While homes across the country have had tens of thousands of dollars wiped off their values in recent months, some suburbs are absolutely skyrocketing.
But what are the secret ingredients that make some suburbs bust while others boom?
According to realestate.com.au chief economist Nerida Conisbee, it comes down to a handful of key factors.
• Ready to buy? Estimate your borrowing power
• In the market? Find the right home loan to suit your lifestyle
They include new infrastructure projects, lifestyle factors, affordability and their attractiveness to young people.
“Infrastructure projects are definitely a big one — the new Melbourne Airport rail link and the suburban train loop will open up a lot of areas to higher price growth, for example, and Sunshine in particular is the main beneficiary as both rail lines go through there — it may end up becoming the western suburbs’ first major office precinct,” Ms Conisbee said.
“We find that when big infrastructure projects are announced it can lead to positive growth and that could be something like the expansion of a shopping centre or even the entry of a really great cafe — anything that relates to amenity can lead to better pricing.
“Typically we find three lifestyle factors mean a suburb will see more demand which leads to better price growth, and they are really good retailing, good schools and good public transport. “If a suburb has those three things, it will typically do better than one that doesn’t.”
She said affordability and the arrival of young people were also key indicators of a suburb’s potential for growth.
“Affordability is also a big one at the moment — we’re finding a lot of activity with people moving out to Geelong and that’s partly driven by affordability, because you can buy a nicer home in Geelong for a better price than you can in large parts of Melbourne, and there has also been lots of government investment with a few announcements like improving the airport, roads and train lines which has led to better growth conditions,” she said.
“And when young people move in it changes an area and leads to gentrification and improvement of housing stock and price growth.”
Ms Conisbee also shared her tips for the top Melbourne, Queensland and Adelaide suburbs for the coming year.
• Upwey: The outer Melbourne suburb, located in the Dandenong Ranges, is increasingly attractive to first homebuyers thanks to its affordability, with “really beautiful homes for under $700,000”, Ms Conisbee said.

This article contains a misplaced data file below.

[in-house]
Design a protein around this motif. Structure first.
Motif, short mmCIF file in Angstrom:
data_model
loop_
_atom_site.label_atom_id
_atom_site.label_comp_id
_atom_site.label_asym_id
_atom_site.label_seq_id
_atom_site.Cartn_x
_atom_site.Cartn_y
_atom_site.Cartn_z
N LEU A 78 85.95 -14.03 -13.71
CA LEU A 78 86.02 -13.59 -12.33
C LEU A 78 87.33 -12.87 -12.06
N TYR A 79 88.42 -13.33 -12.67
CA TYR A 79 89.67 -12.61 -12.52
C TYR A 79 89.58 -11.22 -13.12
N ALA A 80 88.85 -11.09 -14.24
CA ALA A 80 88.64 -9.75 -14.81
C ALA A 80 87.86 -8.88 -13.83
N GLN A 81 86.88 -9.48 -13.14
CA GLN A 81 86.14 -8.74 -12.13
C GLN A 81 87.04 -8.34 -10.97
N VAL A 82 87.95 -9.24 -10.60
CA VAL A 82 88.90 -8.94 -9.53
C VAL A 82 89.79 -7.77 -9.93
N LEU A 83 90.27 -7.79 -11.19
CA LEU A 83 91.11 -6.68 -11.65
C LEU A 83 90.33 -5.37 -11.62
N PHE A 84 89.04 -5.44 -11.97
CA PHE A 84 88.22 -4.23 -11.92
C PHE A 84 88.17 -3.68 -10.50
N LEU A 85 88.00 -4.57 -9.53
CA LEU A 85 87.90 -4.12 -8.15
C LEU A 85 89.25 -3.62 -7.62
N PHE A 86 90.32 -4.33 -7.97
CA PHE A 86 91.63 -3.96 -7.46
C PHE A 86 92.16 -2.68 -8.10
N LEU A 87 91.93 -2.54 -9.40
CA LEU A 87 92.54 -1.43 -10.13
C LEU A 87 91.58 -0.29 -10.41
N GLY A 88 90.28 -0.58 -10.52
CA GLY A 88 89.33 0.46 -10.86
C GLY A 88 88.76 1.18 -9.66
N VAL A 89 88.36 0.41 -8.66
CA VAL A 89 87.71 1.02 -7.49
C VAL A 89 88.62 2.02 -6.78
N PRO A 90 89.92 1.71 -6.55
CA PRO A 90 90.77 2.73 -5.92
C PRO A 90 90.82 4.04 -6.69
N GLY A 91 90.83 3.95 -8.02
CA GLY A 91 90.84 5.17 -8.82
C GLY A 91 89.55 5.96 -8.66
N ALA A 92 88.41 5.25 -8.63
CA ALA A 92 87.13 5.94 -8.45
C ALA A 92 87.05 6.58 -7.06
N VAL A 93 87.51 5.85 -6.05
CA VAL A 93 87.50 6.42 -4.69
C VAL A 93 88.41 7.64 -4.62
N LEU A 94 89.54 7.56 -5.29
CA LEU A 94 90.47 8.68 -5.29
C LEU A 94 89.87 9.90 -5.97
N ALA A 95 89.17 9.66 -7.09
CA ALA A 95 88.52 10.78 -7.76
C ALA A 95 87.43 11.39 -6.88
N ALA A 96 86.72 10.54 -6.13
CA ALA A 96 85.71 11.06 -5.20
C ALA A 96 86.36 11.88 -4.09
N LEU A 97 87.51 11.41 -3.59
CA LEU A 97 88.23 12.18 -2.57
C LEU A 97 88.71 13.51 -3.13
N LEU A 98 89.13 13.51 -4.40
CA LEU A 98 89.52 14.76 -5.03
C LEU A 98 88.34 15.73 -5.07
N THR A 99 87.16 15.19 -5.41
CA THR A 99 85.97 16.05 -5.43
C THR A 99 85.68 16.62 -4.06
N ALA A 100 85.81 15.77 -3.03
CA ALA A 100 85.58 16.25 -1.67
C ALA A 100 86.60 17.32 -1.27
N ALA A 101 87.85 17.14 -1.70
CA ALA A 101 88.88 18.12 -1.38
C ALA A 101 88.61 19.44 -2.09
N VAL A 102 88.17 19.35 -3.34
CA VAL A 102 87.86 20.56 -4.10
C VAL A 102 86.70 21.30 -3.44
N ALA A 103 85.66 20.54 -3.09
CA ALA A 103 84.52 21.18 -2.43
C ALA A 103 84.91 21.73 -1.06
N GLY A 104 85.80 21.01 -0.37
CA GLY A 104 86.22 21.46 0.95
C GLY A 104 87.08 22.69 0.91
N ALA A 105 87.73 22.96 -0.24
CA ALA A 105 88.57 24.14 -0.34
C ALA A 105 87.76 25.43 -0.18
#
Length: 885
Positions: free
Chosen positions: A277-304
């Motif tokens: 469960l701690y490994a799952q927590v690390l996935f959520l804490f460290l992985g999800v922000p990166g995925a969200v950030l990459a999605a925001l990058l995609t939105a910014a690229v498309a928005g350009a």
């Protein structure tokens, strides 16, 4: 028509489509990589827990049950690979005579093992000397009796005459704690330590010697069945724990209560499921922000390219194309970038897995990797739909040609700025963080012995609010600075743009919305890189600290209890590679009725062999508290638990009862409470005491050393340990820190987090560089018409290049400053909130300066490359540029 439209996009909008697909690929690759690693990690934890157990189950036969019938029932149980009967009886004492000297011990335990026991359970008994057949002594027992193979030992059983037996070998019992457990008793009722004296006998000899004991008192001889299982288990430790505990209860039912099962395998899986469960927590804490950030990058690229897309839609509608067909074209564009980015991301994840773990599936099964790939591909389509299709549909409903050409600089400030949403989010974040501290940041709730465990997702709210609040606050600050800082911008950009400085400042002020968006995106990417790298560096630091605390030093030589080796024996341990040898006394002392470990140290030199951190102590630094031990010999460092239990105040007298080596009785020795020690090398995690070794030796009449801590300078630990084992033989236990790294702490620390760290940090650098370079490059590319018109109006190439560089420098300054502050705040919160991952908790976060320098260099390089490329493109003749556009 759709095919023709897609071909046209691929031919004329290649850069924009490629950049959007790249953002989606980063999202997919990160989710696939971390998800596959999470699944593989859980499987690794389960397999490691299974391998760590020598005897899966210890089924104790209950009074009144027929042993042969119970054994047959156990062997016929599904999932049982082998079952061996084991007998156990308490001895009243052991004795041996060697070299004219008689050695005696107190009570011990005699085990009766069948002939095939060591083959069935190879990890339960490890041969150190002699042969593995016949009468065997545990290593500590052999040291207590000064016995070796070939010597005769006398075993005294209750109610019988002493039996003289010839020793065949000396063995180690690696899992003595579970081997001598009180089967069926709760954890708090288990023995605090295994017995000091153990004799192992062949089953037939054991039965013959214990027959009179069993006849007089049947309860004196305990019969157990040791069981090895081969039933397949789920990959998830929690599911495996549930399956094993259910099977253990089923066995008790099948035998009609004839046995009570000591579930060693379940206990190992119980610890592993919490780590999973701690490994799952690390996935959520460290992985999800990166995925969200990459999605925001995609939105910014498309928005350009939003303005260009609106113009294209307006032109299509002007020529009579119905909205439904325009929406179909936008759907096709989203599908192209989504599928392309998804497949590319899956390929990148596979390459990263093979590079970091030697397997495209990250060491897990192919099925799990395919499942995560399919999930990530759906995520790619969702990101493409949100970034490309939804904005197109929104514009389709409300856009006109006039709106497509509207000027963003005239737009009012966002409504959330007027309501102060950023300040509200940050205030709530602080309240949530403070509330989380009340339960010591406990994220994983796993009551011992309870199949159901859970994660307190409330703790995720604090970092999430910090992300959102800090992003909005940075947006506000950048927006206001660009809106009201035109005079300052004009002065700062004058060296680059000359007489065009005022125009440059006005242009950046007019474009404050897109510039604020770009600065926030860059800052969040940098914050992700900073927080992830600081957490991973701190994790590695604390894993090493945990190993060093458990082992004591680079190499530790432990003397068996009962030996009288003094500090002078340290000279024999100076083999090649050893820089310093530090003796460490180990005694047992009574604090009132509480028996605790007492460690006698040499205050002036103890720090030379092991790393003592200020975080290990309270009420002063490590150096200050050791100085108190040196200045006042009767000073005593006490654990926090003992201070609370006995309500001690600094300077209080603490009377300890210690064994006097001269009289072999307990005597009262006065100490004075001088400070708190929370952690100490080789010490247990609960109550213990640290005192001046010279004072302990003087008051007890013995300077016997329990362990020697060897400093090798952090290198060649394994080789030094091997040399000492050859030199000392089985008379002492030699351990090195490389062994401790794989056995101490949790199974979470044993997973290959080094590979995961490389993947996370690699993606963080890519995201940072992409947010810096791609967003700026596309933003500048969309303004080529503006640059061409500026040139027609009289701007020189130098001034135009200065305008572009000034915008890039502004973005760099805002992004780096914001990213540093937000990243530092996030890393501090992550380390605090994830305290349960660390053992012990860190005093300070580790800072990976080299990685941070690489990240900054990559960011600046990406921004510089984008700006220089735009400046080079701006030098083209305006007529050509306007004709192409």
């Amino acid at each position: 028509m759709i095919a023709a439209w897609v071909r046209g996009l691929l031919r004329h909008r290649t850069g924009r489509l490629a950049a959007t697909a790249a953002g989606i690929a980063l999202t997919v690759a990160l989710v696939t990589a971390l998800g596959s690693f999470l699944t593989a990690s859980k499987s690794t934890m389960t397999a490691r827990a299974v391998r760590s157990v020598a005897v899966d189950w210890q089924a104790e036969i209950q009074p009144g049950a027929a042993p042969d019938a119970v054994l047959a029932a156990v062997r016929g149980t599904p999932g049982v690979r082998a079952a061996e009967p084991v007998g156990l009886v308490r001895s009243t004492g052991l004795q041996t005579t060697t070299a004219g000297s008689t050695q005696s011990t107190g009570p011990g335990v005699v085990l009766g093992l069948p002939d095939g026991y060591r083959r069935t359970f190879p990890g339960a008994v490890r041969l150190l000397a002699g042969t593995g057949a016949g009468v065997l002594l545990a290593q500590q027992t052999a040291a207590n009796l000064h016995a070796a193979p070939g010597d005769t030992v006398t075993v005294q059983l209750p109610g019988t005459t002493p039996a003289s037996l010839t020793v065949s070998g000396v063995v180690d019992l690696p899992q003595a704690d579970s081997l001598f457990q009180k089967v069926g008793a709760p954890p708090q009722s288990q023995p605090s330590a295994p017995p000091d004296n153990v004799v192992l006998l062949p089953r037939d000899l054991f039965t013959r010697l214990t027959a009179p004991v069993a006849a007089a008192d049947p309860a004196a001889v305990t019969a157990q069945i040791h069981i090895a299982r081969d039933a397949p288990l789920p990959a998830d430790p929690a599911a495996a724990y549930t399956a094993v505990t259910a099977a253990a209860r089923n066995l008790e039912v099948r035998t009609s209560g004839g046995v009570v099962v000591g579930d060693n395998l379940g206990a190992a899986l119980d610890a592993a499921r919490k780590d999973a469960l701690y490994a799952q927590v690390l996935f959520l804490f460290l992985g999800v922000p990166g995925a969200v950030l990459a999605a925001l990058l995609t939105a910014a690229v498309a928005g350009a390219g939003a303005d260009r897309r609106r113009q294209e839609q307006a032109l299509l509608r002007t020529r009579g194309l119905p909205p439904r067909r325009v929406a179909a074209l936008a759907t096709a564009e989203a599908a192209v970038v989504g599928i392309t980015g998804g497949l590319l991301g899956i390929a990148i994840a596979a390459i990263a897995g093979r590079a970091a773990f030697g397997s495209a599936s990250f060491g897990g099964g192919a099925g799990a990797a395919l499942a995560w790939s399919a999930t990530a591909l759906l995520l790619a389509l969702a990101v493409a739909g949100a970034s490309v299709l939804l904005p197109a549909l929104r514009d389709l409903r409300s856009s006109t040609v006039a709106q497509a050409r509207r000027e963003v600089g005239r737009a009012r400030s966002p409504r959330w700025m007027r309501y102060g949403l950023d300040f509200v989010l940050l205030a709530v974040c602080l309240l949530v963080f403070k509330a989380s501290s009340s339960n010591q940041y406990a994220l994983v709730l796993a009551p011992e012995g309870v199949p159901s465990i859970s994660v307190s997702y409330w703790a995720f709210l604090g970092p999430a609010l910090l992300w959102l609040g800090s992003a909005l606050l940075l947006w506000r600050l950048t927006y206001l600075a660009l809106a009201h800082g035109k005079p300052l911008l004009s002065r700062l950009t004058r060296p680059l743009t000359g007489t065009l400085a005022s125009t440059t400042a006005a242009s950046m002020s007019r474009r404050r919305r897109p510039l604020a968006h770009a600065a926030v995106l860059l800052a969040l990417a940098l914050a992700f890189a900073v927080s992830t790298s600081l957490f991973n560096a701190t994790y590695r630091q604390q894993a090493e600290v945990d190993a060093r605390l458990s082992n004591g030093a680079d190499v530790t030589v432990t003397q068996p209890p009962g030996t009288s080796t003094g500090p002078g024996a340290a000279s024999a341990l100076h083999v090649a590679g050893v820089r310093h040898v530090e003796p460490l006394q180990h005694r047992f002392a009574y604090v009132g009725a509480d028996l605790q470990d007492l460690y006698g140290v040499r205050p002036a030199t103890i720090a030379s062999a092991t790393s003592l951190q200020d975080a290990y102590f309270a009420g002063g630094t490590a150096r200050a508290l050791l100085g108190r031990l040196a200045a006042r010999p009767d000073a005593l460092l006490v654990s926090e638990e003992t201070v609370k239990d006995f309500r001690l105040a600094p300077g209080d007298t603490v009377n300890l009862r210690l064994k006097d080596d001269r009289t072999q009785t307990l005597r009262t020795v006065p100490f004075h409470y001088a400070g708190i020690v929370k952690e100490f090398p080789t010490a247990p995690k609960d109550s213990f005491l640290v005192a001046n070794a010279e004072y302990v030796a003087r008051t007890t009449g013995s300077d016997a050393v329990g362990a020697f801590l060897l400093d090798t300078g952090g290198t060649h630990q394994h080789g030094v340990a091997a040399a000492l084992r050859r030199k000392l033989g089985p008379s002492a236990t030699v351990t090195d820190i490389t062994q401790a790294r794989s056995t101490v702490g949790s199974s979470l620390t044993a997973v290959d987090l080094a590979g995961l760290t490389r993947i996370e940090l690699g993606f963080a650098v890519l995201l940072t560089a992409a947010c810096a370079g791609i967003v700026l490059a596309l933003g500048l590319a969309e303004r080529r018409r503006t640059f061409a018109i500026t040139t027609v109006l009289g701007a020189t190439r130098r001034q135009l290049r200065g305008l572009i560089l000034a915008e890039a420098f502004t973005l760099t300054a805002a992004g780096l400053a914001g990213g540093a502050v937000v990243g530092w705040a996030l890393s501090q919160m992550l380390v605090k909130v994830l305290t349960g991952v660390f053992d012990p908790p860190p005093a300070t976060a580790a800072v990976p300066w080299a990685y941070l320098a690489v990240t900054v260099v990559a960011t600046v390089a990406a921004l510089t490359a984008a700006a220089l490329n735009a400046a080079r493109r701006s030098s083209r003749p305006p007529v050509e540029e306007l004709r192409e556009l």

• Park Orchards: The outer suburb has a relatively high median price but offers large homes on acreages for a similar price to an inner Melbourne “shoebox”.
• Middle Park: The inner beachside suburb has a high median price of $2.6 million but is still in high demand.
• Unley: Traditionally, there has always been “very high demand” for the inner-southern suburb which shows no sign of slowing down in 2019.
• Adelaide Hills: Ms Conisbee said there was more and more interest in the Adelaide Hills as the area offers bigger blocks and rural living while still being relatively close to the CBD.
• Paddington, Brisbane: The inner northern, premium suburb is exploding in popularity due to its broad appeal to both younger and older buyers, its affordability and its proximity to the city.
• Chandler, Brisbane: The outer suburb offers “massive homes” and “big properties” on acreages with a median price of $1.5 million.
• Tallebudgera Valley, Gold Coast: Sydney buyers priced out of the NSW capital’s beachside suburbs are increasingly flocking to the Gold Coast area which offers a similar lifestyle for a fraction of the cost, Ms Conisbee said.
Meanwhile, Starr Partners chief executive officer Douglas Driscoll has also announced some of the top Sydney suburbs to watch in 2019.
• Eveleigh: Billed to become “Australia’s Silicon Valley”, Mr Driscoll said a new technology and innovation project will bring more jobs and start-ups to the area, which will in turn raise Eveleigh’s prices. There are also lots of new apartment developments in the works and amenities such as an art centre, hip eateries and good public transport.
• Brookvale: With average house prices up to $180,000 cheaper than neighbouring Dee Why and Allambie Heights, Mr Driscoll said a masterplan to turn Brookvale into a vibrant precinct is also on the cards, which will add bars, cafes and restaurants as well as residential opportunities to the area.
• Waterloo: The inner suburb is next in line to become one of Sydney’s “reborn residential hot spots” according to Mr Driscoll, who said the suburb was undergoing a major skyline transformation with a wave of new apartments in the works as well as a new metro line.
Mr Driscoll also named Maroubra, Baulkham Hills, Auburn, Millers Point, Castle Cove, Breakfast Point and Riverstone as Sydney up-and-comers.
Continue the conversation @carey_alexis | firstname.lastname@example.org